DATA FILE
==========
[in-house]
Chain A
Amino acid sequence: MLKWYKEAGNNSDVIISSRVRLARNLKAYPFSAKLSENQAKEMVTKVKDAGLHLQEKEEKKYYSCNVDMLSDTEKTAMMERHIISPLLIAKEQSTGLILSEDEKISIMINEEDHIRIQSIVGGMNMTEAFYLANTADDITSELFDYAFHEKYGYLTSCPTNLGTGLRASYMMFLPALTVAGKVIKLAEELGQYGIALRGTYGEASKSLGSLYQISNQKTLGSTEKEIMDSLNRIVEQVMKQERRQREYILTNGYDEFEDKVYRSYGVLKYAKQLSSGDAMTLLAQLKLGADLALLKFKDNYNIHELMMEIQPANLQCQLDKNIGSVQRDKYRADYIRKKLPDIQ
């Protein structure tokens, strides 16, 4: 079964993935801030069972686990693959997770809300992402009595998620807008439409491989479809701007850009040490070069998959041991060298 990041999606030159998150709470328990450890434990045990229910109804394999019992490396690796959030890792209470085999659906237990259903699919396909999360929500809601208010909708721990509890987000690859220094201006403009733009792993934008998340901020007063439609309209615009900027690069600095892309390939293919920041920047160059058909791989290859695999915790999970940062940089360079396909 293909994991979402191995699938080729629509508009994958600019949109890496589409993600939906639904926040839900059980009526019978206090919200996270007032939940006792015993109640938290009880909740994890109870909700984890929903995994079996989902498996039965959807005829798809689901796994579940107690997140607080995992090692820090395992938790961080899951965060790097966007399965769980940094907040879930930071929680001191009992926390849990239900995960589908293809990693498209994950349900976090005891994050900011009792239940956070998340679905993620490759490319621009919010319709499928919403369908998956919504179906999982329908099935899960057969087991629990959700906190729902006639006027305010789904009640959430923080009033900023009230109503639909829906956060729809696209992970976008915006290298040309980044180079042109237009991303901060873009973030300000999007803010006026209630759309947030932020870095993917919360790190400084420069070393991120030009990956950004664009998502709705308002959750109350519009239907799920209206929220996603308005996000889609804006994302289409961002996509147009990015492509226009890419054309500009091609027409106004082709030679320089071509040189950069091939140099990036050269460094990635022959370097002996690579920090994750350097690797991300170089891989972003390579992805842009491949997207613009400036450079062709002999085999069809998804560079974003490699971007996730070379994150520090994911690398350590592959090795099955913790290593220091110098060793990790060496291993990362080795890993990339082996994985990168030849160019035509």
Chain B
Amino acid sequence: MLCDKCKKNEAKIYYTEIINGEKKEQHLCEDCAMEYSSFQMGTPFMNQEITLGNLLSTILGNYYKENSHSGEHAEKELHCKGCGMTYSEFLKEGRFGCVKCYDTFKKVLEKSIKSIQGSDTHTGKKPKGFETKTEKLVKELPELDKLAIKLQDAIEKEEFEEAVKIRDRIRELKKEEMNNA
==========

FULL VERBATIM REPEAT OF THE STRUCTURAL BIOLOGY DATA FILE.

[in-house]
Chain A
Amino acid sequence: MLKWYKEAGNNSDVIISSRVRLARNLKAYPFSAKLSENQAKEMVTKVKDAGLHLQEKEEKKYYSCNVDMLSDTEKTAMMERHIISPLLIAKEQSTGLILSEDEKISIMINEEDHIRIQSIVGGMNMTEAFYLANTADDITSELFDYAFHEKYGYLTSCPTNLGTGLRASYMMFLPALTVAGKVIKLAEELGQYGIALRGTYGEASKSLGSLYQISNQKTLGSTEKEIMDSLNRIVEQVMKQERRQREYILTNGYDEFEDKVYRSYGVLKYAKQLSSGDAMTLLAQLKLGADLALLKFKDNYNIHELMMEIQPANLQCQLDKNIGSVQRDKYRADYIRKKLPDIQ
């Protein structure tokens, strides 16, 4: 079964993935801030069972686990693959997770809300992402009595998620807008439409491989479809701007850009040490070069998959041991060298 990041999606030159998150709470328990450890434990045990229910109804394999019992490396690796959030890792209470085999659906237990259903699919396909999360929500809601208010909708721990509890987000690859220094201006403009733009792993934008998340901020007063439609309209615009900027690069600095892309390939293919920041920047160059058909791989290859695999915790999970940062940089360079396909 293909994991979402191995699938080729629509508009994958600019949109890496589409993600939906639904926040839900059980009526019978206090919200996270007032939940006792015993109640938290009880909740994890109870909700984890929903995994079996989902498996039965959807005829798809689901796994579940107690997140607080995992090692820090395992938790961080899951965060790097966007399965769980940094907040879930930071929680001191009992926390849990239900995960589908293809990693498209994950349900976090005891994050900011009792239940956070998340679905993620490759490319621009919010319709499928919403369908998956919504179906999982329908099935899960057969087991629990959700906190729902006639006027305010789904009640959430923080009033900023009230109503639909829906956060729809696209992970976008915006290298040309980044180079042109237009991303901060873009973030300000999007803010006026209630759309947030932020870095993917919360790190400084420069070393991120030009990956950004664009998502709705308002959750109350519009239907799920209206929220996603308005996000889609804006994302289409961002996509147009990015492509226009890419054309500009091609027409106004082709030679320089071509040189950069091939140099990036050269460094990635022959370097002996690579920090994750350097690797991300170089891989972003390579992805842009491949997207613009400036450079062709002999085999069809998804560079974003490699971007996730070379994150520090994911690398350590592959090795099955913790290593220091110098060793990790060496291993990362080795890993990339082996994985990168030849160019035509």
Chain B
Amino acid sequence: MLCDKCKKNEAKIYYTEIINGEKKEQHLCEDCAMEYSSFQMGTPFMNQEITLGNLLSTILGNYYKENSHSGEHAEKELHCKGCGMTYSEFLKEGRFGCVKCYDTFKKVLEKSIKSIQGSDTHTGKKPKGFETKTEKLVKELPELDKLAIKLQDAIEKEEFEEAVKIRDRIRELKKEEMNNA